Osgoode apple stand leaves Parkdale Market after half a century

Frank and Jenna pose for a photo at the apple stand.
Franco Spagnoli (left) and his daughter Jenna at the Parkdale Market on Oct. 20. Photo by Charlie Senack.

By Charlie Senack

For over 50 years, the Spagnoli family has been a staple at the Parkdale Market.

The local farmers from Osgoode have sold apples at the Wellington West market since 1969. But after two generations, Franco Spagnoli said it was time to retire.

“It was just time. It gets harder and harder every year. It’s a very physical job,” Franco said. 

He took over the family business from his Italian immigrant parents 30 years ago, but has been working at the Parkdale Market since he was 10. 

In that time the market has gone through many changes. The stalls are becoming fewer and far between, he said, and fewer people are seeking locally grown produce. 

“It’s not as busy as it used to be. Once the pandemic came, a lot of the farmers that were here either retired or decided to sell from their farm gate,” Franco said. “With less vendors it means the market is not as busy as it once was. Hopefully they can bring some farmers back and get the market back to where it was.”

A variety of apples are on a stand.
The Spagnoli’s have sold apples at the Parkdale Market since 1969. Photo by Charlie Senack.

Ironically, Spagnoli’s best year in business was 2020. Lockdown restrictions meant more people were outside. It was easier to practice physical distancing, and shoppers were able to browse for produce without wearing masks.

While they have still seen a steady flow in business, Franco said it’s become tough to compete with the larger retail stores. When Loblaws moved into Westboro in the late 1990s, the community’s shopping habits began to shift.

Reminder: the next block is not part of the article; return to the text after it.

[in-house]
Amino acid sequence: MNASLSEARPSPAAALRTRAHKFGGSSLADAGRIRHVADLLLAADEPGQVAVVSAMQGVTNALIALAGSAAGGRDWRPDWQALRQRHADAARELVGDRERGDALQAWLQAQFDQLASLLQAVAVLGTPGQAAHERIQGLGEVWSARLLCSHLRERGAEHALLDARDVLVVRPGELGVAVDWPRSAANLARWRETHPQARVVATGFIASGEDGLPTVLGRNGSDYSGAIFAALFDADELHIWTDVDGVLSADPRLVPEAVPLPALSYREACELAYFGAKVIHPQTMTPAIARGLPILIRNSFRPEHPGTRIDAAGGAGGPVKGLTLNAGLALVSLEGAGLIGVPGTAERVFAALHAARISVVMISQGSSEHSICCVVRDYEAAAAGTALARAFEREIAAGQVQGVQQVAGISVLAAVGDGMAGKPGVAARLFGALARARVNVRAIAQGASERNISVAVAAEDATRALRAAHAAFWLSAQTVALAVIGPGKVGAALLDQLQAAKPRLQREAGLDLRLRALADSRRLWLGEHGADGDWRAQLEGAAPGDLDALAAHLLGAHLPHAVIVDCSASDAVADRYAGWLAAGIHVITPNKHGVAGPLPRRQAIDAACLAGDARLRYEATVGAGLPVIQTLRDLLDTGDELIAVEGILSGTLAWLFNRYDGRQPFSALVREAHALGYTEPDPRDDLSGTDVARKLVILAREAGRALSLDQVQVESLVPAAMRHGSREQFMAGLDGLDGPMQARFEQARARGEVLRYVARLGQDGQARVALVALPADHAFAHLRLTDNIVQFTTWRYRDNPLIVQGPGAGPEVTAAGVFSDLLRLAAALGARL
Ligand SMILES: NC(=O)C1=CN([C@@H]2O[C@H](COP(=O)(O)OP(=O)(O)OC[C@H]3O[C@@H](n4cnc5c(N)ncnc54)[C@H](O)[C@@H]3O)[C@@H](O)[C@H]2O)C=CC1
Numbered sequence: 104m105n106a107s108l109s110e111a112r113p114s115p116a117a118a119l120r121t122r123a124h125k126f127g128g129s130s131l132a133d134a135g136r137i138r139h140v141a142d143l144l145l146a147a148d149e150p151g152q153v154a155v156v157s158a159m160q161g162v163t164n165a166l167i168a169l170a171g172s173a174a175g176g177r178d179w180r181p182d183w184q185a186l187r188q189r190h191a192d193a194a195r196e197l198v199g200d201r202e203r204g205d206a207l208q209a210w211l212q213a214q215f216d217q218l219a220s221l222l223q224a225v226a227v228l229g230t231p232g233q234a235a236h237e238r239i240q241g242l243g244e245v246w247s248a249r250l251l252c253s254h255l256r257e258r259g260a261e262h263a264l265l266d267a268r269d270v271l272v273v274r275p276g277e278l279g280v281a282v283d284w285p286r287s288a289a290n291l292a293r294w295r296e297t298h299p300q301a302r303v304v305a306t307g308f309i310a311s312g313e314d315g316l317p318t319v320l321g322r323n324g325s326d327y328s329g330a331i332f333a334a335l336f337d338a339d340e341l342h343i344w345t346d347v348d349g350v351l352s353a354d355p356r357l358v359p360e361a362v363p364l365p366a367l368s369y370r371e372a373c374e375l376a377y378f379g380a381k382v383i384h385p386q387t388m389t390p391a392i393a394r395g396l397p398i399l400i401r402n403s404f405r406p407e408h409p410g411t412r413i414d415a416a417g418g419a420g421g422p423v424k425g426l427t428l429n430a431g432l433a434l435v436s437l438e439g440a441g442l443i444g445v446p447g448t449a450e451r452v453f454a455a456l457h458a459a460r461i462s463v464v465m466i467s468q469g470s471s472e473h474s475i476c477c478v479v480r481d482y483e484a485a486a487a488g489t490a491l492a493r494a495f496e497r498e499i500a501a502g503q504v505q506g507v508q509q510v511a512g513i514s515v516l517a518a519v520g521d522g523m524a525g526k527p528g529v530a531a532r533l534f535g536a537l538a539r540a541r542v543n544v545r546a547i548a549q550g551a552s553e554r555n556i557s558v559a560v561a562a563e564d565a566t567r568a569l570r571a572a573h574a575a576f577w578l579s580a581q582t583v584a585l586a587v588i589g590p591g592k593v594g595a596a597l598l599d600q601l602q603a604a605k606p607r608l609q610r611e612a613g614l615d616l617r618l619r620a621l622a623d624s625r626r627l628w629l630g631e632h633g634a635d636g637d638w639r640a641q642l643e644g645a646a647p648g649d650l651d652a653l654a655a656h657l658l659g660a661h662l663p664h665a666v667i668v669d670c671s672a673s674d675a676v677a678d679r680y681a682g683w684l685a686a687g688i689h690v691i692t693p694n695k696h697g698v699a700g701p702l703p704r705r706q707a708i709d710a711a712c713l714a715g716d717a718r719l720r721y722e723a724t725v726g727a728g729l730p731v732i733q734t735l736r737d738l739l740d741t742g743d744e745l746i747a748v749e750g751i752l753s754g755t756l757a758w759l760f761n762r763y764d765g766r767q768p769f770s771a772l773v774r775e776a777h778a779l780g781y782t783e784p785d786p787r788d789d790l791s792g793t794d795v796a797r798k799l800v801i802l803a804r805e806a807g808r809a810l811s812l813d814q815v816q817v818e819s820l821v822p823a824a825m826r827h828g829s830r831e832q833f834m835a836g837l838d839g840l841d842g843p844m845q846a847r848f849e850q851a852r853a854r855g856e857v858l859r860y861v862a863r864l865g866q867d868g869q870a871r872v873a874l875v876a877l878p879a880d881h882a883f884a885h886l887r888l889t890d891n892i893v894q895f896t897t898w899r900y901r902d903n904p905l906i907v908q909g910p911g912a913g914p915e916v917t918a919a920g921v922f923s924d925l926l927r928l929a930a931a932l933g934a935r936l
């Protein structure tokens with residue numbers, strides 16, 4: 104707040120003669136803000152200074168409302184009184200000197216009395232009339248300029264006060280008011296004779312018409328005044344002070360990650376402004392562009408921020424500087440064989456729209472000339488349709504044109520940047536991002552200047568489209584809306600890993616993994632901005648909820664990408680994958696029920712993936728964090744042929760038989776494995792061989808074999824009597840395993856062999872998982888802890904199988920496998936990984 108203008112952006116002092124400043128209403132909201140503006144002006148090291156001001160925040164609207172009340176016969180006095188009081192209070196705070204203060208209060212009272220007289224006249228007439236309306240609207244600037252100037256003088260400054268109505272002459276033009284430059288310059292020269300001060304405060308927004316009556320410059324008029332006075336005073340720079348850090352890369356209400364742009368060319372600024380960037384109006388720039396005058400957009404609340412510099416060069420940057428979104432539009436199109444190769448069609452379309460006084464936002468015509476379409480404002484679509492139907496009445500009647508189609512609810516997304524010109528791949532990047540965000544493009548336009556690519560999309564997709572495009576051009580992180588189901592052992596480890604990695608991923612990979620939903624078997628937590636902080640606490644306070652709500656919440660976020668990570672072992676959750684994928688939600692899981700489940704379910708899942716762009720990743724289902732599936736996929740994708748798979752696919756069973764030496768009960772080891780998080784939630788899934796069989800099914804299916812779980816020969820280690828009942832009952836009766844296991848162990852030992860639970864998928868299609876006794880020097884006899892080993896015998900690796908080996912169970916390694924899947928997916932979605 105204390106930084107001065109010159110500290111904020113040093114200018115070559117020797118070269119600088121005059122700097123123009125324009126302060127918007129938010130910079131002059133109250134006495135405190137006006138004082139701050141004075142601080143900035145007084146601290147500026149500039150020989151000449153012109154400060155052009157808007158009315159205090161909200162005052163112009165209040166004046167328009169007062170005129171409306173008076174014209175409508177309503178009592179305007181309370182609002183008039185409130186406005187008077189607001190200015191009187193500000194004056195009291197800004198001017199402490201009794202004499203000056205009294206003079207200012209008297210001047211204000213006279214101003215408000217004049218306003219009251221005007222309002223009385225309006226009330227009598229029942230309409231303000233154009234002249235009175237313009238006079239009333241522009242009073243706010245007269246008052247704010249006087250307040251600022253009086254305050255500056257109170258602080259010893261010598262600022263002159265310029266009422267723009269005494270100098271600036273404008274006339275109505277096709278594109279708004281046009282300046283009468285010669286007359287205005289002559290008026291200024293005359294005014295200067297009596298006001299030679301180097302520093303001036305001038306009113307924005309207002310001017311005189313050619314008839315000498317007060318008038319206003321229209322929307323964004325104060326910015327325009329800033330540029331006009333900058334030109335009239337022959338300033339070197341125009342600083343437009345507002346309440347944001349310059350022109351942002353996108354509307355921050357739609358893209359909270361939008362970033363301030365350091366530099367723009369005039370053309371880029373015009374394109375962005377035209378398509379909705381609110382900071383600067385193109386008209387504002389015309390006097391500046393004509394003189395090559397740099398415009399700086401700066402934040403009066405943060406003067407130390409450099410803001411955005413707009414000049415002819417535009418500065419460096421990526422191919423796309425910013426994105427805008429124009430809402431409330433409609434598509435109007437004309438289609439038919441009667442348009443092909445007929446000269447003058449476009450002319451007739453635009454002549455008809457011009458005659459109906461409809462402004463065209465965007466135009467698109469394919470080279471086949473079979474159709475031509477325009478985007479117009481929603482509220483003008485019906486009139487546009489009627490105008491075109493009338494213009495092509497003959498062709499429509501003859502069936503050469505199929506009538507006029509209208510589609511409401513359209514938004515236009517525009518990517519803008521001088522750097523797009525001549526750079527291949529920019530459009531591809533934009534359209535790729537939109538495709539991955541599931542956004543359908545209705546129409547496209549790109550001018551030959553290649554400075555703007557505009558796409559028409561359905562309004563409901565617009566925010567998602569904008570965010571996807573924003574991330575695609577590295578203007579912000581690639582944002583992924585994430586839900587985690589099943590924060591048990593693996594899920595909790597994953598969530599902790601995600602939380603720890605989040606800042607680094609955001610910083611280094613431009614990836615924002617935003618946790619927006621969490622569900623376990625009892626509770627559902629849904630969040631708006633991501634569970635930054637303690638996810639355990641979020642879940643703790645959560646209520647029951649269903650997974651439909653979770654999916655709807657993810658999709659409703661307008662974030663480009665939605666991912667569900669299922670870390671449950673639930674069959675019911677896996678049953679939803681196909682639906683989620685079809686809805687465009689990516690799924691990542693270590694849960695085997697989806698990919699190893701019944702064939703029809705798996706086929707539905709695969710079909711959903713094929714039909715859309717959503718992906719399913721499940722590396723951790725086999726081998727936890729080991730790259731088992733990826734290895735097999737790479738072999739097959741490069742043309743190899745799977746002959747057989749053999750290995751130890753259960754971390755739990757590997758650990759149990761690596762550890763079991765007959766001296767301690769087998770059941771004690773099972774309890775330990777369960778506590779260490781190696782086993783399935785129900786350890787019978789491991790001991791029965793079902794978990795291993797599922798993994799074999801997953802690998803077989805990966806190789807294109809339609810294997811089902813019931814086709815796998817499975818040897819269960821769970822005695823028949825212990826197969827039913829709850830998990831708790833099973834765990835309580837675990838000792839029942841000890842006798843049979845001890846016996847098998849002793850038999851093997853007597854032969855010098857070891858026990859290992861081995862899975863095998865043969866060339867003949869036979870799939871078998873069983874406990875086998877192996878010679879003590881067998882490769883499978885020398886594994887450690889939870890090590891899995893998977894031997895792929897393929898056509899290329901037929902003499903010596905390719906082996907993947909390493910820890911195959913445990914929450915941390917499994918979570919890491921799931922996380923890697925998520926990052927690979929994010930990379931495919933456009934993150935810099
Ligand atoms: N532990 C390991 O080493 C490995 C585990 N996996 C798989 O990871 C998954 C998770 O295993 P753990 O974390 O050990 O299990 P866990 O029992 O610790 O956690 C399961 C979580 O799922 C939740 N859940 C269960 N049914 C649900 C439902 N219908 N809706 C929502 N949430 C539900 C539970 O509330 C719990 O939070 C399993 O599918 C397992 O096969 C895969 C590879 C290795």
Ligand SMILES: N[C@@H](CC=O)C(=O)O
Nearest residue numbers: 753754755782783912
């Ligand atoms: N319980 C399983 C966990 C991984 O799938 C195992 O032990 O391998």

“We can’t compete with those prices. Some people just love the market and they are good with the prices that are set here,” Franco said. “But some people prefer the stores where it’s heated, and air conditioning and free parking.” 

Spagnoli’s daughter, Jenna, has been working in the family orchard since she was a kid. Jenna said she considered taking over the family business, but in the end decided against the idea to pursue her own passions.

“I did a lot of post-secondary education. Then I went on to do my master’s [in social work] in hopes that I’d have more options,” she said. “A part of me wishes I could do it, but I see how hard my parents worked. I respect them for it, but I don’t think it’s for me.”

A sign written on a chalk board let’s people know this is the apple stands last season in business.
Daughter Jenna Spagnoli considered taking over the family business, but decided she did not have the time. Photo by Charlie Senack.

Jenna said she considered perhaps starting a hybrid model where the orchard would be open only on weekends, but ultimately decided she didn’t have enough time. 

The five-acre family orchard on Nixon Drive grew a variety of apples including McIntosh, Cartland, Russet and Spartan. While they would be picked in September, farm operations continue year round. Trees need to be pruned in the winter, grass needs to be regularly cut and the soil fertilized. 

Franco and his wife Gaetane are hairdressers by trade. They used to operate a salon downtown called Cagney’s. In their new free time, the couple will still cut hair, and have converted Jenna’s childhood bedroom into a fine art studio as a hobby. The longtime apple farmer said he isn’t fully sure what retirement will hold, but said he looks forward to sleeping in and hopefully traveling. 

“Everything must come to an end,” Franco said. “It’s enough of the hard work, and time to take life a little bit easier now.”

The Spagnolis plan to keep their family farm in Osgoode but will be cutting down the 500 remaining apple trees. Franco said they have a lifespan of 30-50 years depending on the type of apples. The land will be reverted to a hayfield.

A woman purchases apples from the apple stand.
Customers flocked to the Spagnoli apple stand in mid October to purchase apples for the last time. Photo by Charlie Senack.

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